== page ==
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Top Senate investigators: Lerner misled Congress

Sens. Carl Levin and John McCain, who together run the Senate's permanent investigative subcommittee, sent a letter to the IRS on Thursday calling for Lois Lerner, the woman at the center of the agency's conservative-targeting scandal, to be suspended for dereliction of duty.

Mr. Levin, Michigan Democrat, and Mr. McCain, Arizona Republican, said their committee had already been investigating a different aspect of the IRS division that reviews tax-exempt groups, which Ms. Lerner heads, and they said their investigators interviewed her in April.

She failed to tell the investigators about the already-brewing and soon-to-explode controversy over targeting conservative groups for special scrutiny.

"Given the serious failure by Ms. Lerner to disclose to this Subcommittee key information on topics that the Subcommittee was investigating, we have lost confidence in her ability to fulfill her duties as Director of Exempt Organizations at the IRS," the two senators said in a letter to Daniel Werfel, the IRS's acting commissioner.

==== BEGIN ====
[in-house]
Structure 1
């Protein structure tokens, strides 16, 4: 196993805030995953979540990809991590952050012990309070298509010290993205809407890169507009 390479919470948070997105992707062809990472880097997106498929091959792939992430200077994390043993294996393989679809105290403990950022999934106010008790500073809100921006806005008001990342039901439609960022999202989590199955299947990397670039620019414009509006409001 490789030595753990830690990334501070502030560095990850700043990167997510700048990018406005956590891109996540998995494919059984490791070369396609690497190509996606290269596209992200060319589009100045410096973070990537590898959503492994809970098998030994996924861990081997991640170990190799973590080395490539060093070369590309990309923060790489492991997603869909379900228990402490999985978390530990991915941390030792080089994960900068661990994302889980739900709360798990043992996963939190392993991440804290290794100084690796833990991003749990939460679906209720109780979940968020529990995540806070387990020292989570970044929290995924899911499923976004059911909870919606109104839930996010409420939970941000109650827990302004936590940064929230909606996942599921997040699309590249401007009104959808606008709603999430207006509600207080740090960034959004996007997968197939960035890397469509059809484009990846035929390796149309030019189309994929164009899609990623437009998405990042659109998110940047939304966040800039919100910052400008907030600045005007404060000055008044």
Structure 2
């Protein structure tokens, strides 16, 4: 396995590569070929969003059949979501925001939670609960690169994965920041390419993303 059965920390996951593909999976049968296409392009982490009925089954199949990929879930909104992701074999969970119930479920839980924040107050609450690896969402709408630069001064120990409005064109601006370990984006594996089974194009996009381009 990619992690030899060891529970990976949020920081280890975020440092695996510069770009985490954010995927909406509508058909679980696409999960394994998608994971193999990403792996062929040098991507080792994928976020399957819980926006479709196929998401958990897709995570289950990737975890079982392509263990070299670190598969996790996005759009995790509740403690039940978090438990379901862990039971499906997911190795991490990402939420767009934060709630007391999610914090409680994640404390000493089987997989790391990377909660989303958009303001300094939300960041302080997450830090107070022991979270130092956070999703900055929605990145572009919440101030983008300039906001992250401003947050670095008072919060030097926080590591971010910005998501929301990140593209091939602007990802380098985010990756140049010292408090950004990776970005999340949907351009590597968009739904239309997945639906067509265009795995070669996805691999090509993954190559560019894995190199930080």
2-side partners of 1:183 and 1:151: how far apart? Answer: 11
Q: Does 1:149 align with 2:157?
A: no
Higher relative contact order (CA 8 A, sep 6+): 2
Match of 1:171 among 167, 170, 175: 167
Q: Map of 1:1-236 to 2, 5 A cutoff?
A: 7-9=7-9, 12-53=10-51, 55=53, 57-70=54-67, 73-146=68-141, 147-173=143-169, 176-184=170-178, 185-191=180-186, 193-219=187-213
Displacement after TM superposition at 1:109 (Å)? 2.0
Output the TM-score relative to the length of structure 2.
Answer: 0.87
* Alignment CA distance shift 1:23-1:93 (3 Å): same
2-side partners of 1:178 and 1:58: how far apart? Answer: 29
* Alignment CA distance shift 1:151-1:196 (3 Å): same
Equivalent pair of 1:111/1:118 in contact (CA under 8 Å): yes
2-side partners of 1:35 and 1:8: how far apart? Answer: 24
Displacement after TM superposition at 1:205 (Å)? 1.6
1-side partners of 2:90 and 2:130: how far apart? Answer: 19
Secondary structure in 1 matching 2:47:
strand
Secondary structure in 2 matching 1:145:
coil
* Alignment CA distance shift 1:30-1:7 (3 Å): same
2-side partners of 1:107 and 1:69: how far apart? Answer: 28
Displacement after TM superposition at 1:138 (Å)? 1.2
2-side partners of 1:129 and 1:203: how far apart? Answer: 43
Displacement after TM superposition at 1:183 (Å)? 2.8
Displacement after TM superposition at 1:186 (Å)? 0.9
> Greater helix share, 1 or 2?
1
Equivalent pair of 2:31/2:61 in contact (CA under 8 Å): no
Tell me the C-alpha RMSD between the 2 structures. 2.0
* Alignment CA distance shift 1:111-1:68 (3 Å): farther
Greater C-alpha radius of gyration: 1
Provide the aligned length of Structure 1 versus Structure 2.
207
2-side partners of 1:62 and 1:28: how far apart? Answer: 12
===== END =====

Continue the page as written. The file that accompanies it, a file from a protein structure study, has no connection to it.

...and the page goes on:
Other lawmakers have said high-level IRS officials misled Congress by not informing them of the inappropriate scrutiny of conservative groups seeking tax-exempt status, even after they were aware that dozens of members of Congress were concerned about it.

But the senators' letter is the first time anyone has shown Ms. Lerner had a chance but failed to tell Congress about the scrutiny.

"Ms. Lerner failed to disclose the internal controversy over the search terms used by the Cincinnati office to identify 501(c)(4) groups for further review, the actions taken by that office in reviewing the identified groups, the investigation and imminent findings by the Treasury Department Inspector General for Tax Administration (TIGTA); and TIGTA's conclusion that the IRS had used inappropriate criteria to target Tea Party and other conservative groups," the senators said.

"Ms. Lerner also failed to disclose that she was fully aware of these issues as early as June 2011, and, according to TIGTA, had been personally involved in reviewing questionable actions taken by the Cincinnati office," they said.

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